News items come from the U.S. Department of Educations's National Clearinghouse for Educational Facilities (NCEF).
Madison School District report: Focus on building additions and renovations, not boundary changes
ABIGAIL BECKER, Wisconsin State Journal
September 16, 2014
-- The Madison School District should proceed with building additions and renovations, not boundary changes, to alleviate crowding in schools, according to a district report.
While several schools are operating at or above 100 percent of their capacity, researchers say changing school boundaries isn’t the answer to capacity concerns.
The Research & Program Evaluation Office studied the hypothetical possibility of moving students from crowded schools to others in the district and took into account six considerations the School Board adopted in 2007 when evaluating boundary changes.
These considerations include reasonable bus routes, a rule to keep students from moving schools more than once in five years, grandfathering fourth and fifth grades, desirable school size, avoiding low-income concentrations and keeping neighborhoods intact.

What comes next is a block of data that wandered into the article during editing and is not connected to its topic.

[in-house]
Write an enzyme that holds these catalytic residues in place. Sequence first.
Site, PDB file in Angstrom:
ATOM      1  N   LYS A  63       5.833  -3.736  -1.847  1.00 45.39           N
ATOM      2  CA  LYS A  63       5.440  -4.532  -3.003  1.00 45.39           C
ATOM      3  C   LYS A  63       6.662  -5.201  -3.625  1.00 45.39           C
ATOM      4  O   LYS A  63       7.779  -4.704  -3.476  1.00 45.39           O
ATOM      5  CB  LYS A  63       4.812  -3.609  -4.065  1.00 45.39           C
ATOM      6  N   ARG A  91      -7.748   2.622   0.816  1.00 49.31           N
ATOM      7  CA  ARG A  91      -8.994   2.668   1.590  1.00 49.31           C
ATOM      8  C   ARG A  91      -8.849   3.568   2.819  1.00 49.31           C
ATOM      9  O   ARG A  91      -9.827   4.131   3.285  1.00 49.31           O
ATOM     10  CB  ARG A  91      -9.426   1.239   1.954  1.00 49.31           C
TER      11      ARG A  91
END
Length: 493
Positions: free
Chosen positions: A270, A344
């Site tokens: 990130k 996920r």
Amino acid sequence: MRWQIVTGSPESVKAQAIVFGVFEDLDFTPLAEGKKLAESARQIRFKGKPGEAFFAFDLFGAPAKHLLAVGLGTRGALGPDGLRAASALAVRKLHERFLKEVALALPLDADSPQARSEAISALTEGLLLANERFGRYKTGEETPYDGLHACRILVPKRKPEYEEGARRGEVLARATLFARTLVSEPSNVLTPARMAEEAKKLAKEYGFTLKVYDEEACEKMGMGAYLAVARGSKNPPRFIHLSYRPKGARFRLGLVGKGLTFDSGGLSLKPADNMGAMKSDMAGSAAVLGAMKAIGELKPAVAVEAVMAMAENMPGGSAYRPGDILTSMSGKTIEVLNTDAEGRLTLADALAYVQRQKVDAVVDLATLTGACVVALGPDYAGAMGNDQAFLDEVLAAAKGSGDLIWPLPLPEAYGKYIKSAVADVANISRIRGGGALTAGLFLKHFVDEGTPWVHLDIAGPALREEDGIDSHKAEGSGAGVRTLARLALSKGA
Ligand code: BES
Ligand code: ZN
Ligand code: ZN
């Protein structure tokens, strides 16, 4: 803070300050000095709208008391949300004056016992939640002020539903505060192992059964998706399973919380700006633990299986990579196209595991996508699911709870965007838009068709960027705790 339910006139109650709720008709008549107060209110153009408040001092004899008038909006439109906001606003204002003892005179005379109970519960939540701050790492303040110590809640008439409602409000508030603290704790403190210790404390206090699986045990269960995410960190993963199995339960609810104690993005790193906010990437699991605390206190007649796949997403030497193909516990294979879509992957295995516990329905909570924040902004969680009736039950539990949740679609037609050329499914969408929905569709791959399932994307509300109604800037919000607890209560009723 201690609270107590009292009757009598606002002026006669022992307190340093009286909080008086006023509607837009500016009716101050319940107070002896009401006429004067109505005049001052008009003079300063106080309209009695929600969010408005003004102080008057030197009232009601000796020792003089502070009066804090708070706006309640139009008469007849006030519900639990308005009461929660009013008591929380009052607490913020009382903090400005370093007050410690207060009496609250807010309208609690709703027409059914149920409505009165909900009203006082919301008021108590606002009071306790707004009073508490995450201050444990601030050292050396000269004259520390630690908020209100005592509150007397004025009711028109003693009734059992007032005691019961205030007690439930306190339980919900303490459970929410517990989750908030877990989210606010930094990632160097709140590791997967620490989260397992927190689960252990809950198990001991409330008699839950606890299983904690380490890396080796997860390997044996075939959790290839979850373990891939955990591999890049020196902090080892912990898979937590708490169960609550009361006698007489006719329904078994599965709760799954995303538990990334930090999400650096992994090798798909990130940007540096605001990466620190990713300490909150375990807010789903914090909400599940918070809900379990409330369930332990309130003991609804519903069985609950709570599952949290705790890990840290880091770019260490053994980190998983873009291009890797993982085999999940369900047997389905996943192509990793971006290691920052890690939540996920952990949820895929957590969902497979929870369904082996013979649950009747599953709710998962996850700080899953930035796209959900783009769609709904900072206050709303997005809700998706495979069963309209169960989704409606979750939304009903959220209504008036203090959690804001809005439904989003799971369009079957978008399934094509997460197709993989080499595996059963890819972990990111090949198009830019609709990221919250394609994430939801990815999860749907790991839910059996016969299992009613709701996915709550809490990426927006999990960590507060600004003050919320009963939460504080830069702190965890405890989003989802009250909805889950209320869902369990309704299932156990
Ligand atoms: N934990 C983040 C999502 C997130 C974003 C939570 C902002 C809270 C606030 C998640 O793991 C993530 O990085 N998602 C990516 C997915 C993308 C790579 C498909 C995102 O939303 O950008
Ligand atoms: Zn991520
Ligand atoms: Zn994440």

The report studied the possibility of moving some students between schools: Sandburg to Mendota; Midvale and Van Hise to Thoreau; Hamilton to Cherokee; Hawthorne to Lowell; and Kennedy to Allis.
Each proposed boundary change except one, Hamilton to Cherokee, failed to live up to the six-consideration framework, leading researchers to conclude that future long-term facilities solutions will be “more comprehensive, less politically controversial and less challenging for MMSD students and families than changing school attendance boundaries,” according to the report.
The district is proposing $27 million in additions and renovations at several schools to address crowding and other issues. Over the next several weeks it plans to seek feedback from the public.
At its Monday meeting, the School Board briefly debated the merits of using boundary changes instead of renovations.